Patients are usually stratified into having either variceal or non-variceal sources of upper GI hemorrhage, as the two have different treatment algorithms and prognosis.

The causes for upper GI hemorrhage include the following:
*Esophageal causes:
** Esophageal varices
** Esophagitis
** Esophageal cancer
**Esophageal ulcers

*Gastric causes:
** Gastric ulcer
** Gastric cancer
** Gastritis
** Gastric varices
** Gastric antral vascular ectasia, or watermelon stomach
** Dieulafoy's lesions

*Duodenal causes:
**Duodenal ulcer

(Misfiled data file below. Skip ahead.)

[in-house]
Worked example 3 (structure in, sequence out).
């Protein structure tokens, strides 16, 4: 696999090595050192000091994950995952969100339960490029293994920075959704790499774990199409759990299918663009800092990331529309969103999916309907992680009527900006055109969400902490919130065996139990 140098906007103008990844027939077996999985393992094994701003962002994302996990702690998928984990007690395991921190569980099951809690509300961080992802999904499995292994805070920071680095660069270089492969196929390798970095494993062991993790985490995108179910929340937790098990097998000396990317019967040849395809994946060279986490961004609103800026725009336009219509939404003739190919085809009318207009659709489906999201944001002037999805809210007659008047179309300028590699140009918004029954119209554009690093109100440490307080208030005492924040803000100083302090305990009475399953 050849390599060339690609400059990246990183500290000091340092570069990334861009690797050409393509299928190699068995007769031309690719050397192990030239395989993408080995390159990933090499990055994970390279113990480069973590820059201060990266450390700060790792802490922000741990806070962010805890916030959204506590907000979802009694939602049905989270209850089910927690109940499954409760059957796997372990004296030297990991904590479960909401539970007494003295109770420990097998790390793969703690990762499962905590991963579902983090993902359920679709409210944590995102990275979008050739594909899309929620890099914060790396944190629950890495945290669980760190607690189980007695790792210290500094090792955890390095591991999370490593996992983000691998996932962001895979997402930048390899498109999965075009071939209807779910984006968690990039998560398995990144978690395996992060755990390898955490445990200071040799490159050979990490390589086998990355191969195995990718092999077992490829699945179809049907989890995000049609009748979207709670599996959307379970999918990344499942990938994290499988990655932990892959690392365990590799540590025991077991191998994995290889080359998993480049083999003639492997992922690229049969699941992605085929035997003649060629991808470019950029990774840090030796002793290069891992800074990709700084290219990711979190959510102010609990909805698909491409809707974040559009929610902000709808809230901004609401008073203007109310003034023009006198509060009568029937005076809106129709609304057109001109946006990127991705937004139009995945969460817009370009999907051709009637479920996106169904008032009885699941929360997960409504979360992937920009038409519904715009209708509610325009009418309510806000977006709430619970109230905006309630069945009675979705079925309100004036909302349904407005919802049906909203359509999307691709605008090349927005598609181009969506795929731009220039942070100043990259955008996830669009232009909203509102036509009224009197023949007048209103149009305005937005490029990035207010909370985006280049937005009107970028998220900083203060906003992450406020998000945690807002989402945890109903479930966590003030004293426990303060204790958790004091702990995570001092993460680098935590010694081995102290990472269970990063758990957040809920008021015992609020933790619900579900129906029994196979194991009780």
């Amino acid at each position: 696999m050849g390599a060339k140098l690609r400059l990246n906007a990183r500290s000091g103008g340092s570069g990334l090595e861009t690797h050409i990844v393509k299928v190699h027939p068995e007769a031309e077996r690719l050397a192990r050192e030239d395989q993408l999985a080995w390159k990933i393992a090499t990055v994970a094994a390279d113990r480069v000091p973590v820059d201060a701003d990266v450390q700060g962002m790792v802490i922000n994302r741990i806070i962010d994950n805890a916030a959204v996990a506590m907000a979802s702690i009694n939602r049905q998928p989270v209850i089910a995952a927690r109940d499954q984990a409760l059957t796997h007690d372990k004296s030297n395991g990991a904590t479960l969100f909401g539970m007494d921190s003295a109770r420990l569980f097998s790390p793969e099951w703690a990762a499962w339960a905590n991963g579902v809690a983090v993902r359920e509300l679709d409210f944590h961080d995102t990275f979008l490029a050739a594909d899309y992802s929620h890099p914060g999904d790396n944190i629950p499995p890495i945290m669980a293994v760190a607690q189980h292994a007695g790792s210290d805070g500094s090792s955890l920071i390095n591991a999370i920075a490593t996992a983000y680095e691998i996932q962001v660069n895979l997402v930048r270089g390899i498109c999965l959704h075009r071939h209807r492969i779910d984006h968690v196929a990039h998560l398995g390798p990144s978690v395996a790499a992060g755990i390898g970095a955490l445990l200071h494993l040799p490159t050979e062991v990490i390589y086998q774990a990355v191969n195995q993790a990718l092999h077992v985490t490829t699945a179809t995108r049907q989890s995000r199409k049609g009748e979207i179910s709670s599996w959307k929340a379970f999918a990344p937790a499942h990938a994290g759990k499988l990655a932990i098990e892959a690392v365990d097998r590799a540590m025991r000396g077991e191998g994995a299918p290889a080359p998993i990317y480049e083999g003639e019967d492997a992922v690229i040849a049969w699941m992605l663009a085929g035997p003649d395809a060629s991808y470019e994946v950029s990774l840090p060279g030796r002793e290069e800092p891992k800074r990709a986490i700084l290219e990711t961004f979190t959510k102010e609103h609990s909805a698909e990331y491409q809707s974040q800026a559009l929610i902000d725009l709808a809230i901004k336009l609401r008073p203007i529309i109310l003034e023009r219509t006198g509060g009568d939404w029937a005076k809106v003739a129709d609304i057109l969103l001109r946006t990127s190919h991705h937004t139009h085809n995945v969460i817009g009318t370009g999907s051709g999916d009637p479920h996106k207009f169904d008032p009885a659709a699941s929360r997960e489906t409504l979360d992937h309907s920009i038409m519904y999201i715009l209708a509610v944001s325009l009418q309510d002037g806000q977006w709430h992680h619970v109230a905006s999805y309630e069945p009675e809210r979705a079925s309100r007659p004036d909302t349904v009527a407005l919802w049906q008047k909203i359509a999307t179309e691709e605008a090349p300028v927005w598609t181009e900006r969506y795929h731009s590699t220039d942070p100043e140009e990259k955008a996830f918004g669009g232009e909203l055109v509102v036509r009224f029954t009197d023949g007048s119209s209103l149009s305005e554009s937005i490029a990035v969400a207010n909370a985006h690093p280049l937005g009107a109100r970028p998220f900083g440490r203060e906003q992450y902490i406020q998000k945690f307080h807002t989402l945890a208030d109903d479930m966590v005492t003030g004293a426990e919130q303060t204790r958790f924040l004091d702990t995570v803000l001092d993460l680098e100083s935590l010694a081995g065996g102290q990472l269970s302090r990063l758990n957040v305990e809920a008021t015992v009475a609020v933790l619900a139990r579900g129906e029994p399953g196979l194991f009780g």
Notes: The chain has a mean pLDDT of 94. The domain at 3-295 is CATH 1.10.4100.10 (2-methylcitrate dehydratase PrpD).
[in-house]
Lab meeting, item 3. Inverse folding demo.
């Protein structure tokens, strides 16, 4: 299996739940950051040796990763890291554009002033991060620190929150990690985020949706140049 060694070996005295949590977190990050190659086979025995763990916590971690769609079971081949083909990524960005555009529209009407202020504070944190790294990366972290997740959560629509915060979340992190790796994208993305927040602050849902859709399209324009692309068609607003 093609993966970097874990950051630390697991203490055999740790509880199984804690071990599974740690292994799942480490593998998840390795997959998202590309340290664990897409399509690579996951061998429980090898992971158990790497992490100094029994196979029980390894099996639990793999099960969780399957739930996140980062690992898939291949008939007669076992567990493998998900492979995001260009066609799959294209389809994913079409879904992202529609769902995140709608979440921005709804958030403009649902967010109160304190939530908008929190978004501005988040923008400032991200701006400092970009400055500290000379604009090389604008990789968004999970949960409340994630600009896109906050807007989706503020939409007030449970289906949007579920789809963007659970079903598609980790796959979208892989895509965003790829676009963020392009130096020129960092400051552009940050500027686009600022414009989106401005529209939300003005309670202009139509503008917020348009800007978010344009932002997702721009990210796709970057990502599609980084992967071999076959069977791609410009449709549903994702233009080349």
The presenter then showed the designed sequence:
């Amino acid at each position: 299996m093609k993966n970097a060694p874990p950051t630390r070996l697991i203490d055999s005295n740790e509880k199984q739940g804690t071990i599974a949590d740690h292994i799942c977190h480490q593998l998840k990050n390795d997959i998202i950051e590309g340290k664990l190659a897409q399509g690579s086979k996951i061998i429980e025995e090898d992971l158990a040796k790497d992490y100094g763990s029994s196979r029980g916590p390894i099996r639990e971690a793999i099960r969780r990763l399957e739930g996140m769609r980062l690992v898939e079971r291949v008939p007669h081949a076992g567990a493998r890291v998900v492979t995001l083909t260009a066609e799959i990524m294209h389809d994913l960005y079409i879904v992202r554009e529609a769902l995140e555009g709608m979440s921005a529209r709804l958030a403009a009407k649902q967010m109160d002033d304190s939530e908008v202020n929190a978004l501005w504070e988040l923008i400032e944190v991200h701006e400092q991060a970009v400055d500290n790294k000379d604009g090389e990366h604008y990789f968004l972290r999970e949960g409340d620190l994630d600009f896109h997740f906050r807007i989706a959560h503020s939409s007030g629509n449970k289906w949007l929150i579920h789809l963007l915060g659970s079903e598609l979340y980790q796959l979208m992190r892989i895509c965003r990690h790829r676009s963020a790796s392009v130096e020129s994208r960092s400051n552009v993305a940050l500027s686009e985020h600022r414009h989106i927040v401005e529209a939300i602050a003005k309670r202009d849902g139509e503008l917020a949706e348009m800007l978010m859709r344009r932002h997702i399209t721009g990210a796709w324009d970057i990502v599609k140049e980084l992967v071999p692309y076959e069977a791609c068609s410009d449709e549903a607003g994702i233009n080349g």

** Vascular malformations, including aorto-enteric fistulae. Fistulae are usually secondary to prior vascular surgery and usually occur at the proximal anastomosis at the third or fourth portion of the duodenum where it is retroperitoneal and near the aorta.cite journal |author=Graber CJ et al |title=A Stitch in Time — A 64-year-old man with a history of coronary artery disease and peripheral vascular disease was admitted to the hospital with a several-month history of fevers, chills, and fatigue |journal=New Engl J Med |volume=357 |issue= |pages=1029–34 |year=2007|doi=10.1056/NEJMcps062601|url=http://content.nejm.org/cgi/content/full/357/10/1029 |pmid=17804848] cite journal |author=Sierra J, Kalangos A, Faidutti B, Christenson JT |title=Aorto-enteric fistula is a serious complication to aortic surgery. Modern trends in diagnosis and therapy |journal=Cardiovascular surgery (London, England) |volume=11 |issue=3 |pages=185–8 |year=2003 |pmid=12704326 |doi=] cite journal |author=Cendan JC, Thomas JB, Seeger JM |title=Twenty-one cases of aortoenteric fistula: lessons for the general surgeon |journal=The American surgeon |volume=70 |issue=7 |pages=583–7; discussion 587 |year=2004 |pmid=15279179 |doi=]